After a health scare, Andy Tolins’ latest album offers gratitude

Andy Tolins, who is the frontman for Haystack Lighnin’ and AAA Blues Band, has released a new album after suffering a stroke last year.
Andy Tolins, who is the frontman for Haystack Lighnin’ and AAA Blues Band, has released a new album after suffering a stroke last year. Photo provided

Local musician Andy Tolins has released his latest album “Haystack Lightnin,’ ” a collection of songs that he has been fine-tuning for 30 years.

The nine-song instrumental album is a blend of bluegrass and folk music with jazz and blues undertones. Tolins said the album is a consistent and coherent collection of his writing, playing and producing.

“These tunes were conceived and recorded over the course of my time living in this town,” Tolins said. “It’s central Pennsylvania through my musical filter.”

The 58-year-old guitarist and singer was born in Flushing, a neighborhood in the New York City borough of Queens. Tolins’ mother, Selma Tolins-Kaufman, grew up in Flushing where she aspired to be a songwriter and as a teen wrote about the coming atomic age. She co-wrote the musical “Homeroom,” which is a Broadway-style musical about how teenagers can deal with social challenges. Tolins attributes much of his success to his mother.

“Her influence for me is beyond words,” he said.

Tolins started playing piano when he was 8 and moved to guitar when he was 10. The first album he recalls loading onto his turntable was the Beatles’ “Rubber Soul,” released in 1965, and the first concert he attended was Arlo Guthrie. That’s when Tolins said he began to realize the power of music.

“I discovered the early generations of bluegrass, jazz and old-time and began to delve deeper, studying the way these styles unfolded for those who followed,” Tolins said.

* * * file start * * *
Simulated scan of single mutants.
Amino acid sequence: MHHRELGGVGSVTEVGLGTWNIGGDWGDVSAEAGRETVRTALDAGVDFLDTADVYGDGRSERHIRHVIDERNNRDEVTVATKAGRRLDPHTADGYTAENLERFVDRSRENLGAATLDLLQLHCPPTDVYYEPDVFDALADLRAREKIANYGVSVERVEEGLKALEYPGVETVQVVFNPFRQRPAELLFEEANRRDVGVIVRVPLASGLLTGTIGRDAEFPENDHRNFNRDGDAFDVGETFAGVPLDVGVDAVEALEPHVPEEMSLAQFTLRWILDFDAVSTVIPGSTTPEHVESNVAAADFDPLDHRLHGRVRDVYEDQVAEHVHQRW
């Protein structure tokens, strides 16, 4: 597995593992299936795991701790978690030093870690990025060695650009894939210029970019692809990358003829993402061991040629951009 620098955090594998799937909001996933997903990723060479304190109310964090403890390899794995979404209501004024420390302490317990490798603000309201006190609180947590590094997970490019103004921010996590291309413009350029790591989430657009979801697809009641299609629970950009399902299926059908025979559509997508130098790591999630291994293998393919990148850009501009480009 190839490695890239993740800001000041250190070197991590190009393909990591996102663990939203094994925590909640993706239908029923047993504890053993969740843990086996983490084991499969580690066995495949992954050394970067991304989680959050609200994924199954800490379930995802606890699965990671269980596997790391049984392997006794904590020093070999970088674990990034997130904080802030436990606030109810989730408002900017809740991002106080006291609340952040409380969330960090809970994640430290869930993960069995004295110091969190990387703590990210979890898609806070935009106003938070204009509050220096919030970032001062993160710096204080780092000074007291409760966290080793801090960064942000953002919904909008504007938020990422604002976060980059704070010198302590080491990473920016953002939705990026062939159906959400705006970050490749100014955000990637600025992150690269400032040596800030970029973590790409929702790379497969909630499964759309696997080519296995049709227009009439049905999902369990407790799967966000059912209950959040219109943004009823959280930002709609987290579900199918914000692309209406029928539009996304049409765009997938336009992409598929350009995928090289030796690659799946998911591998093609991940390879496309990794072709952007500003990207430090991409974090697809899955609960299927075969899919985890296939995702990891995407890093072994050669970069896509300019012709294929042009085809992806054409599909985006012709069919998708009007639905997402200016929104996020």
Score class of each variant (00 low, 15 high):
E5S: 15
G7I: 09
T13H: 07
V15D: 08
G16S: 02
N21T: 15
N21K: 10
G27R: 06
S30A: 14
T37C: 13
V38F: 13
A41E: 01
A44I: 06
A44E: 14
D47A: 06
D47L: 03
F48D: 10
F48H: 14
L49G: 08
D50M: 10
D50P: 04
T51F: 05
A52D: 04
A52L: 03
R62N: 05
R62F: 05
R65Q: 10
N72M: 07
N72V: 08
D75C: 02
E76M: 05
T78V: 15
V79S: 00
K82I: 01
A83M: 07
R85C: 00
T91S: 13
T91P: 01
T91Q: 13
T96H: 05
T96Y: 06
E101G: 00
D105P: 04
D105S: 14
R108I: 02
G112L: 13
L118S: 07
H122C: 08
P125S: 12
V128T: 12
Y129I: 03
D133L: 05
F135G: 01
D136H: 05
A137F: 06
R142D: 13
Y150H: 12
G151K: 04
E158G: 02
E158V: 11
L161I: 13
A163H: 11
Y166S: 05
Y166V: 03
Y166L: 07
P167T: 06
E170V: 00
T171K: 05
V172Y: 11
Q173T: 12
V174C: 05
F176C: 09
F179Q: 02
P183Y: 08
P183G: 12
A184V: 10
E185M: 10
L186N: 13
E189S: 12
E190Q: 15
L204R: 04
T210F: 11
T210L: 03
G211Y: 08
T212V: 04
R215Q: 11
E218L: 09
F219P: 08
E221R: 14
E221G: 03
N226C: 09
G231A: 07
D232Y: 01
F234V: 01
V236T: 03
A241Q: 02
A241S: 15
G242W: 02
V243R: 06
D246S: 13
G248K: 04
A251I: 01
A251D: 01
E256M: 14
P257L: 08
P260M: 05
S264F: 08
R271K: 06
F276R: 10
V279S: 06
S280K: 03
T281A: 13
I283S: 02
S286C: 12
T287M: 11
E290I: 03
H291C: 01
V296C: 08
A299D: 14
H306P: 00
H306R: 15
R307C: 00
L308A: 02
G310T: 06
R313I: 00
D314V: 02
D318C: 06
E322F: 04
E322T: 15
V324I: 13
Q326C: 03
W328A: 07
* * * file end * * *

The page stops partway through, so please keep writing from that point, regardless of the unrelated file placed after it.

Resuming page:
As a late teen, Tolins explored his musical skill set and began to record songs on a four-track machine. Home recording has been a theme throughout his career. Tolins recorded the 2004 song “Quicksilver” in his mother’s walk-in closet and almost all of “Haystack Lightnin’ ” was recorded in the living room of his State College home. Performing songs live in the same room, as opposed to a segmented studio session, helps Tolins connect with each piece of music on a more intimate level.

“Recording, in my ears, is like photography,” Tolins said. “I want to capture the energy of the moment.”

In 1991, Tolins’ quest for a connection with his musical partners led him to Zeno’s Pub in downtown State College, where he has been a fixture since 1991. Tolins leads Haystack Lightnin’ on Wednesday nights and on Friday he is the front-man of AAA Blues Band. The live shows give him an opportunity to work on songs he plans to record.

“Having a working band, no matter what the level, lets you perform and edit until you feel it’s where it needs to be,” Tolins said. “Zeno’s is my lab.”

In August 2015, Tolins was forced to take a break from his lab work. He woke up on what he said seemed like a normal Saturday morning and noticed he was slurring his speech. As he attempted to carry on with his usual morning routine, the left side of his body became numb and he dialed 911.

He suffered from a mild stroke and for two weeks he struggled to walk and talk. When word spread, his playing partners and friends held a benefit show at Zeno’s to raise money for his medical bills. With the financial boost he began rehabilitation, which took almost three months.

Each day he tried to play his guitar and at first, he could barely hold it. As he progressed, he was surrounded by friends and family who showered him with support and love. Tolins said the recovery process forced him to “re-learn, re-write and re-evaluate.”

“The difficult part was realizing all the things I took for granted, might change from that moment on,” Tolins said. “The support and outpouring of caring from family, friends and community changed me for the better, I hope.”

Tolins said the support he received deserves a “thank you” and while the album is meant to offer gratitude, the production of the songs and the process of music creation helped him to heal from the experience.

“When I feel vulnerable or sad, or whatever, it’s about the tension and release in a solo or a chord, progression or a lyric,” Tolins said. “It all reflects something, hopefully the message is positive or at very least cautionary.”

“Haystack Ligthnin’ ” is available on iTunes and Amazon.com.

Leon Valsechi: 814-231-4631, @leon_valsechi

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